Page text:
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Idiot’s Guide to Evacuating a Building

06.11.2011

This evening at around 6:43pm, while I was relaxing on my veranda, the building-wide fire alarm went off. It began with a startling blarp! blarp! blarp! then moved onto the more distressing multi-ranged whoop! whoop! signal. At this stage, my fire safety instincts kicked in – I grabbed my keys and phone and left the building.

Like most people, I attended school for 13 years. You may be familiar with the institution – cracking turn-of-the-century brick buildings conjoined with solid assault-on-the-visual-senses additions from the 70s, and a few urine-fragranced demountables thrown in for variation. Ring any bells? No? Don’t worry – I’ve tried to erase much of my school experience from my memory too.

 

Schools taught us stuff, like numbers and letters and fire safety, the latter of which went like so: if you see or smell smoke, drop to the floor, commando-crawl to the door (my favourite bit), feel the door with the back of your hand, and if it isn’t hot, scramble outside. The actions came with a catch-cry: get down low and go, go, go! We had whole school practice drills, every year for 13 years. These were cause for celebration because we missed out on 30 minutes of class. We enjoyed it so much that we learnt to recite the school’s evacuation procedure before we could tie our own shoelaces.

Leave your bags, file out in an orderly manner, use the stairs, go to the oval, line up with your class, your teacher marks the roll, you hang about for 20 minutes then go back to class and muck around for the rest of the lesson because it’s only 15 minutes till lunchtime anyway.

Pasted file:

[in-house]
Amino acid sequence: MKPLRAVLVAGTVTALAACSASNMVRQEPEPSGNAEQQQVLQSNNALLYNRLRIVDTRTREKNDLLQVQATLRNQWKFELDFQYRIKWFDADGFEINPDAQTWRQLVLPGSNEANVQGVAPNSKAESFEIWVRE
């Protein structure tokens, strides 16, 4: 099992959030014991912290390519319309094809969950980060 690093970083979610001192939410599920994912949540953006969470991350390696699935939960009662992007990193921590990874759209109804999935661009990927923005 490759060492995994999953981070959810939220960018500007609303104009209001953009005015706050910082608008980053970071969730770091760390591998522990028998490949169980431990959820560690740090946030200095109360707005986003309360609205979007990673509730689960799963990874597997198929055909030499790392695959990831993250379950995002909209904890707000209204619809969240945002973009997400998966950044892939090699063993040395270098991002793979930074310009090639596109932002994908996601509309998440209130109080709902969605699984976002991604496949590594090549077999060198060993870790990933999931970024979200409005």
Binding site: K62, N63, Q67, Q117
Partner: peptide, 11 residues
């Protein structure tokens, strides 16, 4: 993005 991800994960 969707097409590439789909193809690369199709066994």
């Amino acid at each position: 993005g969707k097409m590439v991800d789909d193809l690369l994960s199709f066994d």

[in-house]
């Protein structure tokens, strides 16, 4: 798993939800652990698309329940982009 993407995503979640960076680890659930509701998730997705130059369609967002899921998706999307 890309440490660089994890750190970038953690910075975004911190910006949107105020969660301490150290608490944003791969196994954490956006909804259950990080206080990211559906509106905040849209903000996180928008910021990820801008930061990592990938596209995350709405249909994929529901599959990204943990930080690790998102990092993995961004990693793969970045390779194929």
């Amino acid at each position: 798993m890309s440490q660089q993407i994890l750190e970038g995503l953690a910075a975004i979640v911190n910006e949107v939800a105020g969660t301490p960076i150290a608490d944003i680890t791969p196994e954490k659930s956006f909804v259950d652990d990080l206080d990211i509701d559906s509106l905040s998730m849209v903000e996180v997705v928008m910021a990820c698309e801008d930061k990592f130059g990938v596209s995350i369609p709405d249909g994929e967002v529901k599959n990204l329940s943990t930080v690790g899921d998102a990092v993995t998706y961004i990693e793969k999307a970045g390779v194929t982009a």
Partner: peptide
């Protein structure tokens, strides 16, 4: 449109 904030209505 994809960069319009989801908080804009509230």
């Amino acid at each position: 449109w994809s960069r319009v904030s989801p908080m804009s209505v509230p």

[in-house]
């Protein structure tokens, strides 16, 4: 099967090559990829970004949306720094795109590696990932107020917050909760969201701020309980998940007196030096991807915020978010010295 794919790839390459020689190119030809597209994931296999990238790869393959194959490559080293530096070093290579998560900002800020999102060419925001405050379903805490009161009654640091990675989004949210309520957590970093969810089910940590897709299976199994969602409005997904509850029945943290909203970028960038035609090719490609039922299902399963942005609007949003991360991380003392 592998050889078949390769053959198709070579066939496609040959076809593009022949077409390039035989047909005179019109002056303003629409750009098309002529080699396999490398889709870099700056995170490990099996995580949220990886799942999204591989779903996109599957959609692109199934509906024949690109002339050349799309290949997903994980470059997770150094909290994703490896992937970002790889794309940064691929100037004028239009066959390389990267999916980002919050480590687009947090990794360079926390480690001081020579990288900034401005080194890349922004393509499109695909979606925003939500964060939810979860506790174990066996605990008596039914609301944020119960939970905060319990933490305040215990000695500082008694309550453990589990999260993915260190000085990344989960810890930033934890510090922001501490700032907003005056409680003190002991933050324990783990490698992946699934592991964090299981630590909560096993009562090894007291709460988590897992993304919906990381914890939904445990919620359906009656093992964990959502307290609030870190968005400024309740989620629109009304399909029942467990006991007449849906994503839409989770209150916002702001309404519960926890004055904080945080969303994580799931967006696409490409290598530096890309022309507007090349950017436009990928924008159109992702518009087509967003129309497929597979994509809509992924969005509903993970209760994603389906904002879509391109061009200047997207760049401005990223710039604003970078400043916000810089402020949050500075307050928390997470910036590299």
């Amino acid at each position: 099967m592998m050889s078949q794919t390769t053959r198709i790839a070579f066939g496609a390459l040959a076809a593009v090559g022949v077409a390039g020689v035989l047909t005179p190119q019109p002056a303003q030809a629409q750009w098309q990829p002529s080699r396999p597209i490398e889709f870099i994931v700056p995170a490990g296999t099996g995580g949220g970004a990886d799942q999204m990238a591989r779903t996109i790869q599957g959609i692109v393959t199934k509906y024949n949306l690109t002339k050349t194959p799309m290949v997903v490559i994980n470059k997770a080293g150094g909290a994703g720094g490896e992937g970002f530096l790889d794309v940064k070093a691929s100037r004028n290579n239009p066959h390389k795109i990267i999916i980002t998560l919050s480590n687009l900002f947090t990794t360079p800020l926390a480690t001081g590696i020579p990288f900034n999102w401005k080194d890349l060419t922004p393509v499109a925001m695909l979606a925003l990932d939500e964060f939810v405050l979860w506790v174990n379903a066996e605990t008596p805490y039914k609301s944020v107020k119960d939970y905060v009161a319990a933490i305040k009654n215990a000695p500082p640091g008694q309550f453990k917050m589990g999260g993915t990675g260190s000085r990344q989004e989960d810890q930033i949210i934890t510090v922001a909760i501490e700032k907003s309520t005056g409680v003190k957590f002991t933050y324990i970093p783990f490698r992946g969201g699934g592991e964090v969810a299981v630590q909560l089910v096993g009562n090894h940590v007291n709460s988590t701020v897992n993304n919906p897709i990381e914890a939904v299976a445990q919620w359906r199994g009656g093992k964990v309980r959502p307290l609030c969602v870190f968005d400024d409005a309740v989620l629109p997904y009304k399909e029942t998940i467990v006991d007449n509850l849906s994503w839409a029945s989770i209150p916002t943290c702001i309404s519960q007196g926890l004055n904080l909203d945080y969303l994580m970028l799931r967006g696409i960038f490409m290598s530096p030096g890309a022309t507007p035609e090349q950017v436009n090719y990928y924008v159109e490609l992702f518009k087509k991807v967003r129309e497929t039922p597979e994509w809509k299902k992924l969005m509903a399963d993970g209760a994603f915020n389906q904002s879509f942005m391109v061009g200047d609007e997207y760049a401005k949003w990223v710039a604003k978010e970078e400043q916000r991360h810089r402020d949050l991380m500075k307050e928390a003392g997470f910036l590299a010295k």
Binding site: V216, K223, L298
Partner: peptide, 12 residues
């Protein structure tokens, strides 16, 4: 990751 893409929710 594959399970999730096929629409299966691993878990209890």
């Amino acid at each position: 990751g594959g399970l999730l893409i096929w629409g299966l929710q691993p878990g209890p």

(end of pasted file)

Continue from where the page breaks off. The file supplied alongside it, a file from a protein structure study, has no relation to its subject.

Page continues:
This is why I grabbed the essentials and bolted. It was the correct response. Right?

Wrong. According to the other residents in my apartment block, you stay inside and continue whatever it is you were doing before the alarm sounded. You do not exit the building. You do not even open your door to check whether there is smoke in the corridor, let alone find out if anybody needs help. When someone from the fire brigade knocks on your door, don’t bother answering. They’re only there to make sure you’re not asphyxiating on the couch. Of course your prime-time TV viewing schedule is more important than ensuring the smoke from your pan-fried chicken doesn’t escape under your front door and activate the central alarm. The corridor is beyond your apartment’s boundary, which naturally means it’s not your responsibility.

 

So next time your internal fire alarm bleats, ignore it. You are perfectly entitled to carry on with whatever you’re doing – tweezing wings off cicadas or trimming your nasal hairs – because the rest of us will be out in the street, watching the fire trucks arrive and calculating the cost of your kitchen disaster, for which you’ll receive the entire bill.

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